Week of Christian Unity

Our Lord prays “that they may be one.”  Thus, this week has been set aside by those who would like to see that unity more visibly realized as “the week of Christian unity.”  It is a noble desire that the sad divisions of Christendom would cease.  So, how do we overcome them?

This is the wrong question, and because the wrong question gets asked, the wrong answers are usually arrived at.  Often, the answers are some version or another of this: “We are divided by doctrine and practice.  So, let us pay less attention to doctrine and practice, let us ‘put them aside’, and just agree to be united.

It gets called “unity in diversity,” or “agreeing to disagree.”  That may allow us to be civil to each other, but it is a far cry from the true unity, the “being of one mind” that the Holy Scriptures enjoin.  We have asked the wrong question.  How do “we” do it?  “We” can’t.  The same Spirit which breathed the call to oneness of mind must Himself create that oneness.

So the right question is, “How does the Lord undertake to create the Christian unity to which He summons us, and we as His faithful children desire?”  The answer is “through humble obedience to His Word.”  Now that is no small matter.  He has said much to us in His Word, and departure from any part of it portends the shattering of Christian unity.  Nevertheless, pretending to agree when we don’t, or acting as though doctrine that the Lord has given to us is somehow negotiable . . . this is not a formula for unity, it is a formula for apostacy!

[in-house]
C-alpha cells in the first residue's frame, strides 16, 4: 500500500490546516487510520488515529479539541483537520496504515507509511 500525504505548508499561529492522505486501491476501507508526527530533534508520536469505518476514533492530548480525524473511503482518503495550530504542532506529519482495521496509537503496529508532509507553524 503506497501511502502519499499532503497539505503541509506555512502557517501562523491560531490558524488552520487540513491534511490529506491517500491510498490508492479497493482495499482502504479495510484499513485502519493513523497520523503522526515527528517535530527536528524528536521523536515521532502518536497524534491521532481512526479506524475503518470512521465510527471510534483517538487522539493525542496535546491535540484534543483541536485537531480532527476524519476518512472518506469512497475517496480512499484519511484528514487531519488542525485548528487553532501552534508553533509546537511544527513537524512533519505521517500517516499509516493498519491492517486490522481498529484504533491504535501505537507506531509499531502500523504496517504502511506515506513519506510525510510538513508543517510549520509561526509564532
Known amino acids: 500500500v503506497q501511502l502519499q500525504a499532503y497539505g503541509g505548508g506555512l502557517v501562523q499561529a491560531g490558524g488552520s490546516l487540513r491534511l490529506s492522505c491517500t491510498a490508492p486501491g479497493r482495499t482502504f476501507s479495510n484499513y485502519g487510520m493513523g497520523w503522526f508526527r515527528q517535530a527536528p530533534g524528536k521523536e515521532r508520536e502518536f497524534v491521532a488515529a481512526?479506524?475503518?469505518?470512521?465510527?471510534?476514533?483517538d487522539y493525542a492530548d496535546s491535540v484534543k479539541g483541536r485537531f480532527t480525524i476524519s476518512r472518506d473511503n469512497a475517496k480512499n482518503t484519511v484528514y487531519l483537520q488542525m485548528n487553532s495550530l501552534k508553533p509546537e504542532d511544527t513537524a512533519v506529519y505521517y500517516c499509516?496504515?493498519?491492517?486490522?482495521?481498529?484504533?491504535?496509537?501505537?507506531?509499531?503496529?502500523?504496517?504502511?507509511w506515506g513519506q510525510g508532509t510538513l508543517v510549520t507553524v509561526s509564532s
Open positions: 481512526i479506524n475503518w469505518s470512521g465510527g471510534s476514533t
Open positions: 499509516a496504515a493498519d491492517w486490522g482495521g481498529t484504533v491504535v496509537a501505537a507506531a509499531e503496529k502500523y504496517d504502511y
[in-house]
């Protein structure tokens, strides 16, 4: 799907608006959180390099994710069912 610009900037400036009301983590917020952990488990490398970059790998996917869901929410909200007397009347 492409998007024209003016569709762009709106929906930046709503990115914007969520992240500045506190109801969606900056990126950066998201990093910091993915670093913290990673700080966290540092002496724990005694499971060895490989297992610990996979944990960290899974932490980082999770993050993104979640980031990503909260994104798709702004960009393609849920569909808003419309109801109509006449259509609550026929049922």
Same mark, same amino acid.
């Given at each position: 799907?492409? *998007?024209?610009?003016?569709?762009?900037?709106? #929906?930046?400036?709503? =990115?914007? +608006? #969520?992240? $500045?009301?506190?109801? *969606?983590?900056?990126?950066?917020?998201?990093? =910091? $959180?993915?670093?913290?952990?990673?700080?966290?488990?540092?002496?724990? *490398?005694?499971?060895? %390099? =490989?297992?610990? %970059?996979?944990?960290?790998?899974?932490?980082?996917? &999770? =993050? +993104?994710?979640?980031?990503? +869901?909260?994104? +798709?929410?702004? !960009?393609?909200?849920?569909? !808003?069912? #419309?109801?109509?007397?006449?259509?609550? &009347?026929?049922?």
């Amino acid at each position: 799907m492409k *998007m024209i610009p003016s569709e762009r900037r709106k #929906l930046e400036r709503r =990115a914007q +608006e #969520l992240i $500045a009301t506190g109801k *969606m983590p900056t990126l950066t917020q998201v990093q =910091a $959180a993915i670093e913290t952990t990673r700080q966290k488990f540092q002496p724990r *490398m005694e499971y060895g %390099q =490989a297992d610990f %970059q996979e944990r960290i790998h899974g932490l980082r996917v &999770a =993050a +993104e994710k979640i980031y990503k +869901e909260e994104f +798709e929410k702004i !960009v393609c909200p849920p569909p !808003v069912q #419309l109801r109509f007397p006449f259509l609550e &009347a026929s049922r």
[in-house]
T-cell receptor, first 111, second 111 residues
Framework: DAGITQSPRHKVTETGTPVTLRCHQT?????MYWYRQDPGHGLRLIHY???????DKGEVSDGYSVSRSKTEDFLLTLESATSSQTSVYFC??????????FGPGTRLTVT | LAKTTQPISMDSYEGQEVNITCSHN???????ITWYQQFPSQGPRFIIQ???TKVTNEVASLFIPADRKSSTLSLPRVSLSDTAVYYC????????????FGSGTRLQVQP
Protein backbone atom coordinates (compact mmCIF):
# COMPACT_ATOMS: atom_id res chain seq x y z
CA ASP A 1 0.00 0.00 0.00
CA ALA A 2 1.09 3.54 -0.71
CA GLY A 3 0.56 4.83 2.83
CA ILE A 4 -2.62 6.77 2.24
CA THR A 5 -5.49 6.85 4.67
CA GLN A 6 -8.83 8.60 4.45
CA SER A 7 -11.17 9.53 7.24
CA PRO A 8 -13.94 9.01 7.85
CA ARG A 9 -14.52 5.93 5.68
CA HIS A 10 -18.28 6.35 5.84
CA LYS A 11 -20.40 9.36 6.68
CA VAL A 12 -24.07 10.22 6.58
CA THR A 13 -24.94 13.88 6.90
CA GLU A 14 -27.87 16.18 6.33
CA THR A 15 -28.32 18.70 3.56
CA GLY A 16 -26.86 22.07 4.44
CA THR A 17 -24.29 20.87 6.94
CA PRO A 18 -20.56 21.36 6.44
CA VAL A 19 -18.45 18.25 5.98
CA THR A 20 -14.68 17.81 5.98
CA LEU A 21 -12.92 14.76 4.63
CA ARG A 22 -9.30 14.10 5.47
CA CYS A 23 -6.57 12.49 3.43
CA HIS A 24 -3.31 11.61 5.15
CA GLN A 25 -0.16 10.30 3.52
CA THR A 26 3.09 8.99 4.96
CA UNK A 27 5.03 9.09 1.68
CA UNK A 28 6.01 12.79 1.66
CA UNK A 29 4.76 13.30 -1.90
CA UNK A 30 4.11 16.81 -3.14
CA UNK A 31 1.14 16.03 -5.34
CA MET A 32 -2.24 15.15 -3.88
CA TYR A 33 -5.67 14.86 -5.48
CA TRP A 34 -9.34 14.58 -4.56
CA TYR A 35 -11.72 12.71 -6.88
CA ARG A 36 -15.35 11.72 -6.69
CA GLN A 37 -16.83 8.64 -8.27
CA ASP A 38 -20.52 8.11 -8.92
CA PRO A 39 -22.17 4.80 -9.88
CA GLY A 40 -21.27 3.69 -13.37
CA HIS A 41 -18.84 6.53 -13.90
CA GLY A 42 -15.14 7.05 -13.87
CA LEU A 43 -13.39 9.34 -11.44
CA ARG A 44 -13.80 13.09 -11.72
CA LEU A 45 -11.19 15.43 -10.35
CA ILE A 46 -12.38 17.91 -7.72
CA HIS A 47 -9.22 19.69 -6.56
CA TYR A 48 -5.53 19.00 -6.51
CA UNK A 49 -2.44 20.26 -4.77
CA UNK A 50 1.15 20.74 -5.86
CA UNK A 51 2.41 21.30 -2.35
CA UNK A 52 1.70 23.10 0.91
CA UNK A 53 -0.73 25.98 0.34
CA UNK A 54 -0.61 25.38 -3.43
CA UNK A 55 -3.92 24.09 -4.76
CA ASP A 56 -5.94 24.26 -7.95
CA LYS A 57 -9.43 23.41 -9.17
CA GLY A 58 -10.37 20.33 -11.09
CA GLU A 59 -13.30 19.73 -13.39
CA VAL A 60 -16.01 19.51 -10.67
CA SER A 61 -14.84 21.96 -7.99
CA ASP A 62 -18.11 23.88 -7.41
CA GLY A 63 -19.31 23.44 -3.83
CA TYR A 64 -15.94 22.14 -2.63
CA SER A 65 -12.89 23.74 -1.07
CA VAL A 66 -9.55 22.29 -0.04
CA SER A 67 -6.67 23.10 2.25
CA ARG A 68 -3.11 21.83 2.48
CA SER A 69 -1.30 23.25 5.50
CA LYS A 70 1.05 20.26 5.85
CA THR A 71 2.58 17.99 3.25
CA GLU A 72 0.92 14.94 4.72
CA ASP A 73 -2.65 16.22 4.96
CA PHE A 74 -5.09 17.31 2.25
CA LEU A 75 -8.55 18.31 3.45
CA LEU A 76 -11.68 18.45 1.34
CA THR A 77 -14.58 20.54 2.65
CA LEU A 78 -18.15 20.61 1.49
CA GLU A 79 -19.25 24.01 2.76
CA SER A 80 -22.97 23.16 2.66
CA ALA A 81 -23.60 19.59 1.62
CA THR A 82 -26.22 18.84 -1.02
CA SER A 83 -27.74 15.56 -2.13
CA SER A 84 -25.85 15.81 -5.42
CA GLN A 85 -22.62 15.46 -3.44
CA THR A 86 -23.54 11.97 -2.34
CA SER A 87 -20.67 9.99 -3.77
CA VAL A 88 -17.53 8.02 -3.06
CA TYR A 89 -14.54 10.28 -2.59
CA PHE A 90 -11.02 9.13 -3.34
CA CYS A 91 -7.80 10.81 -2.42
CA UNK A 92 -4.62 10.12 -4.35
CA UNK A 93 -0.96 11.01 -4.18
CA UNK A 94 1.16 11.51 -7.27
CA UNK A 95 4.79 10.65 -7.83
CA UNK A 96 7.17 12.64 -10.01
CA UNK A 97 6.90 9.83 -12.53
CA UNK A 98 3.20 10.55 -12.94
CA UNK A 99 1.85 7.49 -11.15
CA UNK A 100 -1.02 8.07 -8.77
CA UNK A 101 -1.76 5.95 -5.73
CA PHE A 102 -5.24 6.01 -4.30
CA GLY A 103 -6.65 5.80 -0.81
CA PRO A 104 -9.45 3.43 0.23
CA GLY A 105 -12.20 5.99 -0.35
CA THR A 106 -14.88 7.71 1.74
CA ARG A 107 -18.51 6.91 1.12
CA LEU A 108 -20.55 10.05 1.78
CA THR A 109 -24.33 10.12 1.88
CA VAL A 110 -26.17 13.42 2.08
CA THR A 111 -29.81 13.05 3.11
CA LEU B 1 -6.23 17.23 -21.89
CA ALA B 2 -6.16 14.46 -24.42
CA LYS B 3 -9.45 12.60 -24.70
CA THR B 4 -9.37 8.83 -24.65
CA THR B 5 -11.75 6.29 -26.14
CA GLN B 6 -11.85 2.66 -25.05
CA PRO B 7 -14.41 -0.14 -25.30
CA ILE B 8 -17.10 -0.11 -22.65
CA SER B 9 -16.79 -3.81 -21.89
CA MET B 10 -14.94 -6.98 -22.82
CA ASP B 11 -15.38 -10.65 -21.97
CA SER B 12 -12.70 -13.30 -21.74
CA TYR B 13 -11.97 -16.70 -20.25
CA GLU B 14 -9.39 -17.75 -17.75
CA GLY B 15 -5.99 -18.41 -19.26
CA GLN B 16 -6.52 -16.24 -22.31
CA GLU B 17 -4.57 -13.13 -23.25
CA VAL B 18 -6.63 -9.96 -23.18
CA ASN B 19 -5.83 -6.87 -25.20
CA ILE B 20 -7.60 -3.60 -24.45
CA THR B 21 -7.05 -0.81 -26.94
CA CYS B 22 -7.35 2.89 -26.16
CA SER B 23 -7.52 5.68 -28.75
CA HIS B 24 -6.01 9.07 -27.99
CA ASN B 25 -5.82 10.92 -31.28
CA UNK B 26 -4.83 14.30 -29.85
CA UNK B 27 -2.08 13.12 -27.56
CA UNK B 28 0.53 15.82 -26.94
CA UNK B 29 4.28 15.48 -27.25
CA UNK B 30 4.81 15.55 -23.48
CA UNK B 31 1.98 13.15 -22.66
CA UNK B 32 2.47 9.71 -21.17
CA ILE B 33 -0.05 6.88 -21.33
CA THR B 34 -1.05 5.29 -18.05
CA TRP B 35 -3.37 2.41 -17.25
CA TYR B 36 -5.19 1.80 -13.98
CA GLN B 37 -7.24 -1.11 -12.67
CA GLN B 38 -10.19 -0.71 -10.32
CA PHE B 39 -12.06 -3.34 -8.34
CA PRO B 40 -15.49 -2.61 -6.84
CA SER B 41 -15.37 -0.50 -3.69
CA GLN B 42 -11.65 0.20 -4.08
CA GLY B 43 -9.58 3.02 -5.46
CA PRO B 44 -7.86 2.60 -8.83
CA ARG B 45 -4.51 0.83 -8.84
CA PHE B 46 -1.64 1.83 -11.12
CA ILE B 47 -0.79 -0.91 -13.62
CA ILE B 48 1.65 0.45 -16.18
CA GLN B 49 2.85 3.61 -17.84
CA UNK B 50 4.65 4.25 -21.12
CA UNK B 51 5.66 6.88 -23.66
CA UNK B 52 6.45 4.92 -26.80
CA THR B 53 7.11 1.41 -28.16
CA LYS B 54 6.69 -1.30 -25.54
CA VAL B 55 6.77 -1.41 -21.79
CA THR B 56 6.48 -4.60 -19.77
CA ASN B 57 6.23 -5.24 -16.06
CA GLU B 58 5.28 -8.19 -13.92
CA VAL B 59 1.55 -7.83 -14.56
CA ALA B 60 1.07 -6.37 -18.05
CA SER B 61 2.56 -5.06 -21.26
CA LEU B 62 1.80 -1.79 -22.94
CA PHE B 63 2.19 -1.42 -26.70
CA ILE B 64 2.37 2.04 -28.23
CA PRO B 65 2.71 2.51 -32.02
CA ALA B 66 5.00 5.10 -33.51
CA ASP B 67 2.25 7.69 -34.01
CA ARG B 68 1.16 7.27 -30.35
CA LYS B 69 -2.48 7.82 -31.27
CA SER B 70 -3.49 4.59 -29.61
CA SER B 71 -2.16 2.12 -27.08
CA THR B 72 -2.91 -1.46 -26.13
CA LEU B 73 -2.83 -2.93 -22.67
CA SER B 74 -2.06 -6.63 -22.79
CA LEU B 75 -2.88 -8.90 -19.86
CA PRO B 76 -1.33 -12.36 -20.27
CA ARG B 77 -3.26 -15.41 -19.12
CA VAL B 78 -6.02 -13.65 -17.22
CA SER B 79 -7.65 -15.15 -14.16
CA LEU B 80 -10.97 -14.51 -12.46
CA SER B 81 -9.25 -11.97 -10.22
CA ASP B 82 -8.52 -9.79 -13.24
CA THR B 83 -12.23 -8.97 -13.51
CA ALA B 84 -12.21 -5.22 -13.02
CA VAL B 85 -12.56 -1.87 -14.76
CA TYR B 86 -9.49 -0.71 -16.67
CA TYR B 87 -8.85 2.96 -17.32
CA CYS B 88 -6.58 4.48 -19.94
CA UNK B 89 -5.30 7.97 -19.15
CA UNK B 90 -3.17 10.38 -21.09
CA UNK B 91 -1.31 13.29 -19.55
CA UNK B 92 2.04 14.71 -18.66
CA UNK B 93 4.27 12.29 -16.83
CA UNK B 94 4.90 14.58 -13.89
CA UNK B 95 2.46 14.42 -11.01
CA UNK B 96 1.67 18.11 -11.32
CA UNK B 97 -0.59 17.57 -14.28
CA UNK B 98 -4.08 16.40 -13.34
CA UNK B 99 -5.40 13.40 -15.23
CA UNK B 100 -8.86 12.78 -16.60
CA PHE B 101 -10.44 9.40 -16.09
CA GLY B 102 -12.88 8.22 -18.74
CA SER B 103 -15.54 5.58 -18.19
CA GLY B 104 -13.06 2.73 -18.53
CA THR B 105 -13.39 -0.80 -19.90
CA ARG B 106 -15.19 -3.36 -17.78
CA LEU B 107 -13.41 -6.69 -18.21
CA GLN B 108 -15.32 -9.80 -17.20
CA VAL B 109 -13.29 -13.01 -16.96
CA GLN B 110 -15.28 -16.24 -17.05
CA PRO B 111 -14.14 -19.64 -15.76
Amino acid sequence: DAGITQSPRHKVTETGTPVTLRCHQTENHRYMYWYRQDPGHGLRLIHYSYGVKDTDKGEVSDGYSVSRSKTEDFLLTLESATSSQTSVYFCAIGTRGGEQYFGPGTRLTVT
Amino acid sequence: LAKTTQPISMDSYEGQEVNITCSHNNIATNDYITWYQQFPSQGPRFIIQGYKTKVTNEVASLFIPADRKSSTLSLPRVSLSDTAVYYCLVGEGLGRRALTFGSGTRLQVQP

I have just concluded one week of teaching at the Lutheran Theological Seminary in Novosibirsk.  One week down, two left to go.  But in being here, I am struck by this simple truth:  we do not create unity.  We discover it.  God creates it through His Word.  Here on the other side of the world from my beloved adoptive home State of Texas, I find believers with whom I have genuine unity:  Unity in the Gospel in all its articles, unity in the Sacraments administered according to our Lord’s institution, unity in the liturgical expression of those precious gifts in the Divine Service.  What joy.  And the joy is real, because the unity is real . . . a gift of the Lord, not a contrivance of man.

The high temperature today is supposed to be somewhere around zero (F).  It’s snowing today, which is adding a layer of white to the layers upon layers of white that everything was already covered in anyway.  But not all the feelings of missing home and not all of this alien cold weather dampens in the slightest the love that I have for the Siberian Evangelical Lutheran Church and the faithful work they are doing in this part of the world.

To my dear sheep in Burleson, Texas:  I know how hard it is to be faithful, especially faithful in this matter of Christian unity, when there is so much disunity among American Christians and even within our own denomination.  The temptation is ever before us to compromise, to manufacture a negotiated human unity with our fellow Christians with whom we do so very much long to be united.  In the big picture of visible Christendom, it’s tough to feel so marginal.

Take heart.  I said earlier in this article that the same Holy Spirit who enjoins unity must Himself create that unity.  Dear ones in Christ, He does!  The Lord still gives His gifts of salvation . . . the Words spoken by Christ’s mouth, and the saving Baptism and the Holy Sacrament of His Body and Blood flowing from His crucifixion wounds.  The Lord has those who receive these gifts with you, all over the world.  The Lord is with us, and His holy angels also, and that’s a far cry from being marginal.  Stand firm, let nothing move you.  And God grant that by uncompromising faithfulness to His Word, those who have compromised will hear the invitation to receive the pure teaching and gifts of our Lord, and join with us in expressing true Christian Unity.

Your unworthy servant in Christ,
Pastor Kent Heimbigner

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